Transesophageal Echocardiograms (TEE)
Through use of high-frequency soundwaves, an echocardiogram provides doctors with an outline of the internal structure of the heart. It creates images in cross-section slices so that the valves and chambers can be viewed to see how the heart is functioning. For transesophageal echocardiograms, a patient will be sedated and given anesthetic. A probe will be inserted into the esophagus through the mouth. The heart is closer to the esophagus than it is to the outside of the chest, so this process can provide a clearer image of the heart than a transthoracic echocardiogram.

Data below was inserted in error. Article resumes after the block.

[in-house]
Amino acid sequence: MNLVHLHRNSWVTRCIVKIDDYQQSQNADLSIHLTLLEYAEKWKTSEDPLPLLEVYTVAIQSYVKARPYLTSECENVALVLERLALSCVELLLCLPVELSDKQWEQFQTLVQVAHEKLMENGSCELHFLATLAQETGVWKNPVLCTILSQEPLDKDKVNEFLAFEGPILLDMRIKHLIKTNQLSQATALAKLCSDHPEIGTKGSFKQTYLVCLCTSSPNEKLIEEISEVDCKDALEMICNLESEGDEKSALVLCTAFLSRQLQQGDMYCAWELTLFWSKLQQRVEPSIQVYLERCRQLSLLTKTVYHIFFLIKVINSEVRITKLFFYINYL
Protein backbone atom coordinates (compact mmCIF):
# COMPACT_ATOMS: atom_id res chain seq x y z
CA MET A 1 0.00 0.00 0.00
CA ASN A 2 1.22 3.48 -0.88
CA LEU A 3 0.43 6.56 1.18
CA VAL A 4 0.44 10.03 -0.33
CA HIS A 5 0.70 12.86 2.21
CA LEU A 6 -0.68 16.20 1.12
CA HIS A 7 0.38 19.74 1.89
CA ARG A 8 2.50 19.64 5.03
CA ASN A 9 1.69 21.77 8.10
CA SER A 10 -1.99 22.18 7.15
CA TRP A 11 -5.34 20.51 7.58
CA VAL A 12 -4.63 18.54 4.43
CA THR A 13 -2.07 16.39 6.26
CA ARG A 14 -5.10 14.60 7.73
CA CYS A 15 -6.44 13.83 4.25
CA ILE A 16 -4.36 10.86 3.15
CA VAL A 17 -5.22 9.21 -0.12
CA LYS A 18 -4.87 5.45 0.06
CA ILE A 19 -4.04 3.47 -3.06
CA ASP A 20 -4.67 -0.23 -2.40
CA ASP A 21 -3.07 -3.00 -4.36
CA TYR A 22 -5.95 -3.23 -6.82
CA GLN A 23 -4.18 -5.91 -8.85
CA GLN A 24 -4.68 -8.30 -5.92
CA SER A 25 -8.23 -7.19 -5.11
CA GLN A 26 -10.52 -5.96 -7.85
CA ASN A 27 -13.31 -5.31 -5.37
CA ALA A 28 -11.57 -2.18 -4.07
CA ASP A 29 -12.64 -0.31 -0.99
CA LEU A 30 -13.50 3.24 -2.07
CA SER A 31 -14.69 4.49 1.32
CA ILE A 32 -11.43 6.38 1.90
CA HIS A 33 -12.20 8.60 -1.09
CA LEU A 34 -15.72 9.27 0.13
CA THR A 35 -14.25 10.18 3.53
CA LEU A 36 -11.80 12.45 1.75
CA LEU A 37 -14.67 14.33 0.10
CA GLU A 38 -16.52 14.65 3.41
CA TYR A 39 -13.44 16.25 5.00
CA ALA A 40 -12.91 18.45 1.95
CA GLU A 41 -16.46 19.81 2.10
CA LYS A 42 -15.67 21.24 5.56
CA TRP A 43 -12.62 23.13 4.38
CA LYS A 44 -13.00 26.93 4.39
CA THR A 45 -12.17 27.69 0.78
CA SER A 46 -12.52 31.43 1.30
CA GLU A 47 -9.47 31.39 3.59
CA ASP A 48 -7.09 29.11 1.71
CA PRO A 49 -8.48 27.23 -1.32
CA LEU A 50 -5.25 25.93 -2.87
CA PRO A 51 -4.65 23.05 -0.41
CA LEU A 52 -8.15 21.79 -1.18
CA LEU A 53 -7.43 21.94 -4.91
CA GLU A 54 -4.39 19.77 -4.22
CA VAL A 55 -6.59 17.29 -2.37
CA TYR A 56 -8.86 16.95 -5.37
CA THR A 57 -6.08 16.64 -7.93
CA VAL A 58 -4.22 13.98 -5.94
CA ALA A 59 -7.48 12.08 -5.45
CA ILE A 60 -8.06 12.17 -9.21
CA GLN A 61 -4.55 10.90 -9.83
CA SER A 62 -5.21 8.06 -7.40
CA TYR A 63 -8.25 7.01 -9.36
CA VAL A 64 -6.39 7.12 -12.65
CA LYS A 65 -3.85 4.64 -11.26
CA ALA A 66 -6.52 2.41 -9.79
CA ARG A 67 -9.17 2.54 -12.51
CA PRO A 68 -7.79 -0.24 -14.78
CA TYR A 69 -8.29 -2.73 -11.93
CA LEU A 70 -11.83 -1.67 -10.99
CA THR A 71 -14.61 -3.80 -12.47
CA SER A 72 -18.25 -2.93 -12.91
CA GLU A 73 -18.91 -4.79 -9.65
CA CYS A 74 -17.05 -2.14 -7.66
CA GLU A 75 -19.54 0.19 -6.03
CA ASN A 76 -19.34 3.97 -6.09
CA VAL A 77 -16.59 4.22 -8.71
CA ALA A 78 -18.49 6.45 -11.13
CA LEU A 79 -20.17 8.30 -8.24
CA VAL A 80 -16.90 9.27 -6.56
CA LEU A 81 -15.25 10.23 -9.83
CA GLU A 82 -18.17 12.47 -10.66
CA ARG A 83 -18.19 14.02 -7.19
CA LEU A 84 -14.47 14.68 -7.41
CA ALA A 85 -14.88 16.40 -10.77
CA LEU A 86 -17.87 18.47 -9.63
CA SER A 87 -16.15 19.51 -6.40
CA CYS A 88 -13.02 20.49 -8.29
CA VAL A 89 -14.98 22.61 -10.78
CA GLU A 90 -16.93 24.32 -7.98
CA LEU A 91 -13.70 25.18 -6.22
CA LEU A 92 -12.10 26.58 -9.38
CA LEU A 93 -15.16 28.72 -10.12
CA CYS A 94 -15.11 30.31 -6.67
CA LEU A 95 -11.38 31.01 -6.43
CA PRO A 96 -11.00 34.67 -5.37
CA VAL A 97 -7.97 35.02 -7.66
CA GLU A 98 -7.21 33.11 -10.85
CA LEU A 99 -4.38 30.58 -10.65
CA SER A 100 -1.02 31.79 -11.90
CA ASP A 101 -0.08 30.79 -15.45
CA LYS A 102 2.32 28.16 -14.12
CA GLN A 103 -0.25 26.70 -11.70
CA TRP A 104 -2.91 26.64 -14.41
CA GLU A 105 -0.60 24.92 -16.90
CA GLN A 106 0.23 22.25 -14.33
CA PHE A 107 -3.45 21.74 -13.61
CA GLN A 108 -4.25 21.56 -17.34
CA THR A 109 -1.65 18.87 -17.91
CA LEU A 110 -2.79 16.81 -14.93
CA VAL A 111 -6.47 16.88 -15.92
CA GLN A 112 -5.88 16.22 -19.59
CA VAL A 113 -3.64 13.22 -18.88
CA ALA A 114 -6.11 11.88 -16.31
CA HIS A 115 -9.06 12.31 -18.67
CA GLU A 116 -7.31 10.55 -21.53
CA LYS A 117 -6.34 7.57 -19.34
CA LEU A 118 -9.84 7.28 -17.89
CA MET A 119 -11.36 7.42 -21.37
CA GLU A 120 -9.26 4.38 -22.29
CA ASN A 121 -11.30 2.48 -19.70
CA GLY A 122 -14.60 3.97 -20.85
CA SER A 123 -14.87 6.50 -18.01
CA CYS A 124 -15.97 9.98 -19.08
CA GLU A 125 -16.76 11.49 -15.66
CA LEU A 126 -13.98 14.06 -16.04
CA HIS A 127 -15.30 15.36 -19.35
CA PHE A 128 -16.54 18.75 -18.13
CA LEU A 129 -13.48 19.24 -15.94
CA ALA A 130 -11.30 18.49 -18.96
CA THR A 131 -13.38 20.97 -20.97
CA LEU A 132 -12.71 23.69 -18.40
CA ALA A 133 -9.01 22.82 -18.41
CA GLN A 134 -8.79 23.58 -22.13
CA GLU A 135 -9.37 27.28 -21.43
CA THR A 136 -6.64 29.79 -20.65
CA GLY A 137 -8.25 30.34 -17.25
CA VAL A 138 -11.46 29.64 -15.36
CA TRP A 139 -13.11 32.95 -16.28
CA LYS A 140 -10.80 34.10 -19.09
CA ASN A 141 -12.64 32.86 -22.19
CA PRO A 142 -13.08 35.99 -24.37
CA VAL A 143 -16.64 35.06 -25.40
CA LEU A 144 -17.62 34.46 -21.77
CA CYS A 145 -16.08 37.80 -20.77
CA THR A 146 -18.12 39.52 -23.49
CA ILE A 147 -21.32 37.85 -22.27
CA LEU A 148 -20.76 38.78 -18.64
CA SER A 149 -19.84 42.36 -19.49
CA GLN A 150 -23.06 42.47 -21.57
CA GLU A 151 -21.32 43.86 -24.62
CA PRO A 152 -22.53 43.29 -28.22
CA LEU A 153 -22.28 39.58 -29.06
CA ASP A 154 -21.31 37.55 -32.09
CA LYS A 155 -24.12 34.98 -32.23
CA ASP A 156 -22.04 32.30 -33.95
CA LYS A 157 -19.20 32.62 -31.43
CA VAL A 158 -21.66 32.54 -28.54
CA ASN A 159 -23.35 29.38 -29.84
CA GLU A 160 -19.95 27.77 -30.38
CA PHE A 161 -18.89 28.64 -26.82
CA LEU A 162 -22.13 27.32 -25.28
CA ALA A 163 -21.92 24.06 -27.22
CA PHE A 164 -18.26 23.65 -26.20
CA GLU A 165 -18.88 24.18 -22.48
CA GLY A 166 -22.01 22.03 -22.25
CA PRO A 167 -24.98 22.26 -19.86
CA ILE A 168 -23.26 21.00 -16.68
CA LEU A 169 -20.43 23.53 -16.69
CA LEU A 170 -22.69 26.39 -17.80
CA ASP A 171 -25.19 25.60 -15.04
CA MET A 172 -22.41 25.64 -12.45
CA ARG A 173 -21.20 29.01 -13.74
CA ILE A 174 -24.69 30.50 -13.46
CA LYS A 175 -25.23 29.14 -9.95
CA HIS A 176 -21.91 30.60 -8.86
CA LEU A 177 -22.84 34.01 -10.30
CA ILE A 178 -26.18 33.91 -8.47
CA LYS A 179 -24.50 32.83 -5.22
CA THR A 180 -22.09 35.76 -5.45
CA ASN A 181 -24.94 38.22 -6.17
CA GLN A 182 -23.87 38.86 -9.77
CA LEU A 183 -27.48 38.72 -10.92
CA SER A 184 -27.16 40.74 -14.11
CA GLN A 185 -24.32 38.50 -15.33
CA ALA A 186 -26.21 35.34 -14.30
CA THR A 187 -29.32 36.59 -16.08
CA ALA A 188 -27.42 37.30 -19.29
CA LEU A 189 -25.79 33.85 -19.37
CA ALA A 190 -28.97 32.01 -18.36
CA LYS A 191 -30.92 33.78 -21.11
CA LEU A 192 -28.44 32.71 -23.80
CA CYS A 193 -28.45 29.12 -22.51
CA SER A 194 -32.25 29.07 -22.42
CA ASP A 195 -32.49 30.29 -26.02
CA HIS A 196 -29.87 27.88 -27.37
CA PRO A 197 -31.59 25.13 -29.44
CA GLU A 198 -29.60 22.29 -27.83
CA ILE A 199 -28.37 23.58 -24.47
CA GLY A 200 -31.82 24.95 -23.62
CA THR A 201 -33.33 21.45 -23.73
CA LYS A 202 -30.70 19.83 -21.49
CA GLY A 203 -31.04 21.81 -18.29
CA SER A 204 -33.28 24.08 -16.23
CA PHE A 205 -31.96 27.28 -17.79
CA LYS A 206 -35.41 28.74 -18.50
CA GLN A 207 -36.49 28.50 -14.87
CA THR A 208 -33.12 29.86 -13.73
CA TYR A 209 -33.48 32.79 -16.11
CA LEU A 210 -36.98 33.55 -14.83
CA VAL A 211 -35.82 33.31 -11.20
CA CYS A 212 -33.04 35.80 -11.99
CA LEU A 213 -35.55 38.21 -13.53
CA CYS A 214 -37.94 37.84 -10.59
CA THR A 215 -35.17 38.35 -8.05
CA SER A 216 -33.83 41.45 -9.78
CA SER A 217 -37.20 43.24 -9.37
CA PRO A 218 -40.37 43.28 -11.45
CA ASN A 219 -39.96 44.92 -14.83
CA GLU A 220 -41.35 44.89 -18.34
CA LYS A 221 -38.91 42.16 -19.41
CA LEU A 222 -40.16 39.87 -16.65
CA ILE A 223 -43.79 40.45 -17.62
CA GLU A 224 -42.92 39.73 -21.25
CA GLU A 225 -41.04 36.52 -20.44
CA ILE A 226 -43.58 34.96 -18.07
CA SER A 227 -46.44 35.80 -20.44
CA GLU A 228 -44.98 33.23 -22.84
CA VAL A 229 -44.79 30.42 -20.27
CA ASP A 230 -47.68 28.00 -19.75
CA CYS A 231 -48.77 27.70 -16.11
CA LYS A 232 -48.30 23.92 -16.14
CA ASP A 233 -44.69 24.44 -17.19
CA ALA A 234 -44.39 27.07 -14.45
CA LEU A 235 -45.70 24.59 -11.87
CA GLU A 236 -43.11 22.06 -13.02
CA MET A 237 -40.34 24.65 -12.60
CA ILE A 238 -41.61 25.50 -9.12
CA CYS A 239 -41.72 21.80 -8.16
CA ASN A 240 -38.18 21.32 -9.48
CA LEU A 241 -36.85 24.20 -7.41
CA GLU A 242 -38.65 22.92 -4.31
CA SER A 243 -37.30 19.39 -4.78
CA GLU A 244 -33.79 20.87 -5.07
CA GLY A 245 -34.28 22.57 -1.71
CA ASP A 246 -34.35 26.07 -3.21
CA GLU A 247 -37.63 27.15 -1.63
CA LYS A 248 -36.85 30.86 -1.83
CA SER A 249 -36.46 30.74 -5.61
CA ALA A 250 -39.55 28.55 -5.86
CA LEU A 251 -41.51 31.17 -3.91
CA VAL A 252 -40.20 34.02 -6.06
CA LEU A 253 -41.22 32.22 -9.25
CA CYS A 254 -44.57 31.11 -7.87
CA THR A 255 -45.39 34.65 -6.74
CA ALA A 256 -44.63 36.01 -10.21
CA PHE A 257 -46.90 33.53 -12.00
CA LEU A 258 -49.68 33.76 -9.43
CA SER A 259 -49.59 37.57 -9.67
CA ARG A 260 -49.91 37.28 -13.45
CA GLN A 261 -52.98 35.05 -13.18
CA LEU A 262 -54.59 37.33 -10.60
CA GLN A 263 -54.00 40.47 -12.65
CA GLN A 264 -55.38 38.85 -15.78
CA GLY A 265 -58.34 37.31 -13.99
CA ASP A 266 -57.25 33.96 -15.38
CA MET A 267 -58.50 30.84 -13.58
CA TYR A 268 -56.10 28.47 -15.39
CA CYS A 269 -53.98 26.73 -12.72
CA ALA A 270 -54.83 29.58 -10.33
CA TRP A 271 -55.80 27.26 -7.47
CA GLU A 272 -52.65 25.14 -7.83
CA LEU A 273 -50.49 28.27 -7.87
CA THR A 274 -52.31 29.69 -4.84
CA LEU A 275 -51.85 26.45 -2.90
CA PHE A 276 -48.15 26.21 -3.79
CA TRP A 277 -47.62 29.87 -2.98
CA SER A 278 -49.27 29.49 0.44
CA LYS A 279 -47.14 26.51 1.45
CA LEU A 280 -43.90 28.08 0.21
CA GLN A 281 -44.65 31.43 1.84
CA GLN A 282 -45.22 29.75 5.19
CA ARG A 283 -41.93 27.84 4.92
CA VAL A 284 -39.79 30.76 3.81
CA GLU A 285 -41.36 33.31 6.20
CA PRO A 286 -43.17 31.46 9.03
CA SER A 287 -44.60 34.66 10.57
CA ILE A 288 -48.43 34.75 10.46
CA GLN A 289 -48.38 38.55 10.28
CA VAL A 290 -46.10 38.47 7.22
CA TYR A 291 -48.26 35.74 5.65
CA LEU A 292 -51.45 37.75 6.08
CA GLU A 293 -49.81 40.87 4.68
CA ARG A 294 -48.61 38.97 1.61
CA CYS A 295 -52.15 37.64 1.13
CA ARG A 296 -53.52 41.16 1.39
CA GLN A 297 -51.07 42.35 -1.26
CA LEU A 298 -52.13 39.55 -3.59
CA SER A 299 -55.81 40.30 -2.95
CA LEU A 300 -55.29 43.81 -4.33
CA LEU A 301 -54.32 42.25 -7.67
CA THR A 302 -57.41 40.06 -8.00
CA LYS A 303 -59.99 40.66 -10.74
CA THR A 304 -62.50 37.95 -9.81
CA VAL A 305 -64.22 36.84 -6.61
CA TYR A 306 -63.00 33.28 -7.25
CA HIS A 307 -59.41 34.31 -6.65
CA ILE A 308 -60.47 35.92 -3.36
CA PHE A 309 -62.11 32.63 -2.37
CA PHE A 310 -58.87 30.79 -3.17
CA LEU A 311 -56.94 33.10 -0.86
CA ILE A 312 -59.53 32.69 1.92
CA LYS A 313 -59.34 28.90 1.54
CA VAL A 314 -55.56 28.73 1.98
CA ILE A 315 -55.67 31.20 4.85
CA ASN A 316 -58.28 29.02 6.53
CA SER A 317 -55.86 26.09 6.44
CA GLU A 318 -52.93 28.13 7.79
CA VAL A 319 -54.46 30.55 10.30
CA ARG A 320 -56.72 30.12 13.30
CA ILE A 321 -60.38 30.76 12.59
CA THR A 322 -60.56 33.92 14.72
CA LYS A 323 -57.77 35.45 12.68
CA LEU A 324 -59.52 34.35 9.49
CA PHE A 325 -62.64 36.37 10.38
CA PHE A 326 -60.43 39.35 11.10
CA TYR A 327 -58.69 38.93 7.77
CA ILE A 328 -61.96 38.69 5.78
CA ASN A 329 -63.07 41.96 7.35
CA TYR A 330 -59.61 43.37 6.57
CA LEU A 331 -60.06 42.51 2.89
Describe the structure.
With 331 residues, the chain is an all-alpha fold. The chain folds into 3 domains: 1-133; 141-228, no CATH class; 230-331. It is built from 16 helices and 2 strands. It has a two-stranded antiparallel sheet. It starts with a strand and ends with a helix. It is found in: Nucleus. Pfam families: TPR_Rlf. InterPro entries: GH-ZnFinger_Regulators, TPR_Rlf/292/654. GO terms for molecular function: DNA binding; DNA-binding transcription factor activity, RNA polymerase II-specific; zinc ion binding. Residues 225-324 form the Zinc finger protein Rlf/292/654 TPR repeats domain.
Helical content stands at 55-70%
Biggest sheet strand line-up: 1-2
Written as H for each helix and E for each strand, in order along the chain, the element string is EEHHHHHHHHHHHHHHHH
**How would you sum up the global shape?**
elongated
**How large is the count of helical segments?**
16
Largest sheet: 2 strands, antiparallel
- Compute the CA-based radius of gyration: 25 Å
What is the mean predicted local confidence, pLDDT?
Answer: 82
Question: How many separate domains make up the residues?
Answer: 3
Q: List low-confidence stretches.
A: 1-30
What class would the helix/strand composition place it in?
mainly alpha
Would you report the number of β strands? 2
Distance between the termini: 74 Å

What are Echocardiograms used for?
Your doctor may recommend an echocardiogram if they suspect dysfunction in the valves or chambers of the heart. Common conditions that are found during this procedure are:
Valve disease occurs when one or more of the heart’s four valves aren’t working properly. Each valve has tissue that opens and closes when the heart beats, ensuring that blood flows in the right direction.
Usually the result of a blockage in the arteries, myocardial disease reduces blood flow to the heart.
The pericardium is a sac that envelops the heart and helps keep it in the correct position. Pericardial disease occurs when this tissue becomes inflamed and possibly rubs against the heart.
This issue occurs when the endocardium, the smooth membrane that lines the inside of the heart’s chambers, becomes infected with bacteria.
Cardiac masses are cancerous and non-cancerous growths that attach to the heart and heart valves.